Well that didn’t last long. Last week we noted that Libyan oil production jumped 160,000 barrels per day after its biggest oil field reopened. That resurgence was short-lived after that field was shut down again this week, and Libya’s oil output fell 30 percent to a six month low. Bloomberg reports:
The North African nation’s output dropped to 490,000 barrels a day from 703,000 a day after the Sharara field shut, a person familiar with the situation said, asking not to be identified because of a lack of authorization to speak to media. Sharara pumped about 213,000 barrels a day before halting on April 9, the person said. The country is currently producing at its lowest level in more than six months, data compiled by Bloomberg show.
The pipeline that transports crude from Sharara in western Libya to the Zawiya refinery also stopped operating on April 9. The National Oil Corp. declared force majeure the same day on loadings of Sharara crude from the Zawiya terminal, according to a copy of the NOC’s decree obtained by Bloomberg.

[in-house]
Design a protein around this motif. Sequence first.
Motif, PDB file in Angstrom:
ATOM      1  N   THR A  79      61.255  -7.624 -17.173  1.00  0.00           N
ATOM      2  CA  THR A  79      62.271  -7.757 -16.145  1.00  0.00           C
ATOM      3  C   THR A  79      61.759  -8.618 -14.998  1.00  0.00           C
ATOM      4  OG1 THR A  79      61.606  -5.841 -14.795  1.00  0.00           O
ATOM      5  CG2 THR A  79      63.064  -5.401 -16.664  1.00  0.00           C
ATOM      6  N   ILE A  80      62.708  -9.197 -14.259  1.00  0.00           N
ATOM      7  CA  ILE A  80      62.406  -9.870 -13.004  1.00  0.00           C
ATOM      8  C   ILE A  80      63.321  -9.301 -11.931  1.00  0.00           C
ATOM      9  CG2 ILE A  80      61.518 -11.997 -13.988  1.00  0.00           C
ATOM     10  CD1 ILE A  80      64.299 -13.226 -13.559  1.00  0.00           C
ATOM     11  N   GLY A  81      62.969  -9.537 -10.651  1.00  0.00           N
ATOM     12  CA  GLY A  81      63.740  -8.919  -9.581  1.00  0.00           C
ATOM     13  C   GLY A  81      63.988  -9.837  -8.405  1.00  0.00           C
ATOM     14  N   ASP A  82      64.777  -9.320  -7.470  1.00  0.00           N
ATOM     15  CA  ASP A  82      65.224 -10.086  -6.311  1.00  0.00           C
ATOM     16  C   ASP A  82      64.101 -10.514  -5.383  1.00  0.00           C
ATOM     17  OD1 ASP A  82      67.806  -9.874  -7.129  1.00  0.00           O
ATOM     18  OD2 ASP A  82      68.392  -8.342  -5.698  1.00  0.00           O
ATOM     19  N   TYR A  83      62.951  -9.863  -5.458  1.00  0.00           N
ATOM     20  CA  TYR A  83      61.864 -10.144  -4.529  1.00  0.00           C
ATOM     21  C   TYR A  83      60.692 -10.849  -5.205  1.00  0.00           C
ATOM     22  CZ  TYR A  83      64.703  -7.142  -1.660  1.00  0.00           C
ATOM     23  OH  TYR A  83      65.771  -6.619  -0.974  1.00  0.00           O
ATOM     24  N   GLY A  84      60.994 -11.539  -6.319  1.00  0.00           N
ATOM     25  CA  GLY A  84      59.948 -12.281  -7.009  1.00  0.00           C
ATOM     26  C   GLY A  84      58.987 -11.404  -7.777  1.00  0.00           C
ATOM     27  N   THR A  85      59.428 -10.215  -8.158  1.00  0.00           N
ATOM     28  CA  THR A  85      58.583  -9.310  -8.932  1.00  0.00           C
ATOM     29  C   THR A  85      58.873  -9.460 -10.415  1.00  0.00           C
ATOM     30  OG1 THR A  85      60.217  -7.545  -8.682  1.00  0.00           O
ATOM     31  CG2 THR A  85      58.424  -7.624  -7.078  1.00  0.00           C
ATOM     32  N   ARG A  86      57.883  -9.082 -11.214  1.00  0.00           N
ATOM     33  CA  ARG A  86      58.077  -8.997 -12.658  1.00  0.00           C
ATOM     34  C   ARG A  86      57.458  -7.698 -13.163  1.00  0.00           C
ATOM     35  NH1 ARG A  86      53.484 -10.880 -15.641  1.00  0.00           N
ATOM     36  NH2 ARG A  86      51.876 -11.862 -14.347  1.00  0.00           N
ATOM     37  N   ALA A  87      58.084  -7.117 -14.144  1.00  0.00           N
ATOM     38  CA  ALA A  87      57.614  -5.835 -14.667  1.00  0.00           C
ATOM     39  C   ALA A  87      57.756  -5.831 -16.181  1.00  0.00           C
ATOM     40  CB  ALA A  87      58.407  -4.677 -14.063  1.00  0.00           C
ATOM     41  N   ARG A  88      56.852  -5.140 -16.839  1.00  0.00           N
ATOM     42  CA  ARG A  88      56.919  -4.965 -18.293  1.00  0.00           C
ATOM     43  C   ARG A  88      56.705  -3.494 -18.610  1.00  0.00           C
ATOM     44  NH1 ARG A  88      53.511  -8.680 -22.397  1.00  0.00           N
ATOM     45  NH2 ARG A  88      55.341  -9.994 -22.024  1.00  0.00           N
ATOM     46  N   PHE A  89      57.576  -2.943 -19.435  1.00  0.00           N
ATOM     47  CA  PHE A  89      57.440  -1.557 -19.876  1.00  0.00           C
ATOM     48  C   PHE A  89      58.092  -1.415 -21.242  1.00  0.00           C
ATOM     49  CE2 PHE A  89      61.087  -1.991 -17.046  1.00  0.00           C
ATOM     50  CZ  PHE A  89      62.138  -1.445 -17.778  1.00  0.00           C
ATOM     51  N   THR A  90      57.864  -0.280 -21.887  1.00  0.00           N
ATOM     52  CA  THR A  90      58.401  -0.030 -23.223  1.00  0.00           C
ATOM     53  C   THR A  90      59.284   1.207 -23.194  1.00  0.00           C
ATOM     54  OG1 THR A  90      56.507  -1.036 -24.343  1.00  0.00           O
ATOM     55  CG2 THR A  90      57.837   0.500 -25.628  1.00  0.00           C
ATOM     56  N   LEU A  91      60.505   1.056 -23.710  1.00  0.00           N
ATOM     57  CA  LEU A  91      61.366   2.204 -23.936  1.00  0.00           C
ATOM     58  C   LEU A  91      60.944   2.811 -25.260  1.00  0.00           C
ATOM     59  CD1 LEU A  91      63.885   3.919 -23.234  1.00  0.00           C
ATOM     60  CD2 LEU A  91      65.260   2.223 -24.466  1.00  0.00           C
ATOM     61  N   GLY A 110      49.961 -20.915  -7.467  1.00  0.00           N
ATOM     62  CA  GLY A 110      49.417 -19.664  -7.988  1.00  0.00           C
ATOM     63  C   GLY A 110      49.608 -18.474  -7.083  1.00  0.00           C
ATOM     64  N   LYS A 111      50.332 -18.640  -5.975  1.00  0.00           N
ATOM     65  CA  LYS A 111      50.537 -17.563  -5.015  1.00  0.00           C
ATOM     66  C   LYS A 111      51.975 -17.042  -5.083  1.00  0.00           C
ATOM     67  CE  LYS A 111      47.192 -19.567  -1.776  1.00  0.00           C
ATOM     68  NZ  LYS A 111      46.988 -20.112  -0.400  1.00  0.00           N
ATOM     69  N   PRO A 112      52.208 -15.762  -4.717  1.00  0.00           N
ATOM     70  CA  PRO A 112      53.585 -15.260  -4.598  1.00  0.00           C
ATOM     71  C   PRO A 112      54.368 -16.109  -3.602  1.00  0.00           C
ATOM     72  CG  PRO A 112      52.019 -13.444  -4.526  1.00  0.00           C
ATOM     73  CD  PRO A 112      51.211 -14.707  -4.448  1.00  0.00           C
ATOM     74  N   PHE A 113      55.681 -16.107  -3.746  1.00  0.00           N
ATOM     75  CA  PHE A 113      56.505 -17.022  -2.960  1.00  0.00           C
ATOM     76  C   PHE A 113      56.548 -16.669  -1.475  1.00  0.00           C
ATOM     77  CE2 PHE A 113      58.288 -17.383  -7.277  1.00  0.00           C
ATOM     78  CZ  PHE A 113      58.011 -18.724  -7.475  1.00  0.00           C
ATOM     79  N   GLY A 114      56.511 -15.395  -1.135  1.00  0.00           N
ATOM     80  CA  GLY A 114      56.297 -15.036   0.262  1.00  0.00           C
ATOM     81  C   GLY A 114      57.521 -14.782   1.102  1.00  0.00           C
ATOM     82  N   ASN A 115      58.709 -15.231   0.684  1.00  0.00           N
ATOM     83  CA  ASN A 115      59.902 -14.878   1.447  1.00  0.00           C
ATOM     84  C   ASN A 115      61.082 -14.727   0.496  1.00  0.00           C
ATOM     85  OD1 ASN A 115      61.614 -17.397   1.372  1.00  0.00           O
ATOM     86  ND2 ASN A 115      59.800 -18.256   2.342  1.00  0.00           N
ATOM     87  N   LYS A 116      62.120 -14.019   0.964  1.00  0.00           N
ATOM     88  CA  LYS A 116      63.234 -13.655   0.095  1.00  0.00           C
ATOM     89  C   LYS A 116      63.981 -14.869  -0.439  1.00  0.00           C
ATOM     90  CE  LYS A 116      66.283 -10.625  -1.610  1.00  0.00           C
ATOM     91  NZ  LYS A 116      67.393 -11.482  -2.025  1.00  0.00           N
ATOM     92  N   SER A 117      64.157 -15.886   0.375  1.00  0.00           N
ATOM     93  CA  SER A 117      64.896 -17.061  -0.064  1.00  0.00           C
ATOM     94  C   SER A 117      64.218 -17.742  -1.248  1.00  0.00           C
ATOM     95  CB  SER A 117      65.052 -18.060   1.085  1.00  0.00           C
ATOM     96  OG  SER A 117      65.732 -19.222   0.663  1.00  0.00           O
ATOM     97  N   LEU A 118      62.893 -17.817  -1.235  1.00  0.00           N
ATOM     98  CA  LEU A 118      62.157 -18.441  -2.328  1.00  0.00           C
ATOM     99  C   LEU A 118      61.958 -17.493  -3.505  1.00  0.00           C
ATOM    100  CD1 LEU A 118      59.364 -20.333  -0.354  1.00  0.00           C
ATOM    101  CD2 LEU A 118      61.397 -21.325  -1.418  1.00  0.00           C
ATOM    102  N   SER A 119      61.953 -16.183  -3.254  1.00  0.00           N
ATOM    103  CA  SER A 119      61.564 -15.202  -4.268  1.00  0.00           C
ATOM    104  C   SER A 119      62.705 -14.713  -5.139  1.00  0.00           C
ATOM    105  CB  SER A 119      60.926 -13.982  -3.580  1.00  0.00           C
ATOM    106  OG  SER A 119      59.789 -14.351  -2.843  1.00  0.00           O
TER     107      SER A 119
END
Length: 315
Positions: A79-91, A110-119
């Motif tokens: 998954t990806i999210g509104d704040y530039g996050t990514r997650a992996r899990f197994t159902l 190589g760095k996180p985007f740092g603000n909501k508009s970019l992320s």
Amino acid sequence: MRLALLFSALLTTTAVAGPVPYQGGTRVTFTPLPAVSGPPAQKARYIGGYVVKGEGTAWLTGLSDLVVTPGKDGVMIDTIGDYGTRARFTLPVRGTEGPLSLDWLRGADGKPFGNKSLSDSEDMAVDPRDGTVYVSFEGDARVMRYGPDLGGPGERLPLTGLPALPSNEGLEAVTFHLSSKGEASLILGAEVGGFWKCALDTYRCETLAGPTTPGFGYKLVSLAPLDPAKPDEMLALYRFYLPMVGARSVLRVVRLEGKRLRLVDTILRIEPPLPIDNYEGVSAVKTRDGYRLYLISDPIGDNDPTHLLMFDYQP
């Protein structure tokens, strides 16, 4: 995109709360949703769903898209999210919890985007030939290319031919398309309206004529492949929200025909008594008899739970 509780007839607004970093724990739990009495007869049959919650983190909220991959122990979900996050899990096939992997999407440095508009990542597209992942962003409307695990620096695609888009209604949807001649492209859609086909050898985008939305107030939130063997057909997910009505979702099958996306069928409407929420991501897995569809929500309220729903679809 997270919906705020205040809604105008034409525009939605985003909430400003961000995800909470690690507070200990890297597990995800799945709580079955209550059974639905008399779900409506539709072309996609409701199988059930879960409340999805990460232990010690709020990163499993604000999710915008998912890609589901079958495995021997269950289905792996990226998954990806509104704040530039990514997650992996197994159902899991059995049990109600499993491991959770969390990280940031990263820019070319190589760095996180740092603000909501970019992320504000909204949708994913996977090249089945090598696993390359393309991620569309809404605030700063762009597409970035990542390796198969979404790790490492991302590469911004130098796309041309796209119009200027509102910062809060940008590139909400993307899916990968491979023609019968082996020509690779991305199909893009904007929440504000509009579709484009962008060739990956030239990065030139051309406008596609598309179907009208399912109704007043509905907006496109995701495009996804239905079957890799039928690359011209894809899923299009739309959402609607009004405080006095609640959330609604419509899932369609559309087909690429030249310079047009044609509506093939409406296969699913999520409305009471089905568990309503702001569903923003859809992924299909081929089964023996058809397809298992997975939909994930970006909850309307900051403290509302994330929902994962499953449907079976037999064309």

Moscow won’t be happy at this latest delay, as the Russian state-owned oil company Rosneft has recently gotten into business with Libya’s National Oil Corp. (NOC). The fact that NOC is still having this much trouble getting production up and running again will be concerning to the Kremlin, which has been making significant energy investments around the world in recent months.
OPEC’s other members, however, won’t mind seeing Libya continue to struggle to regain its 1.6 million barrel per day production capacity (last seen in 2011, before the NATO intervention and toppling of the Qaddafi regime). After all, the name of the game for petrostates these days is reducing output in order to erase a global glut and hopefully nudge prices upward.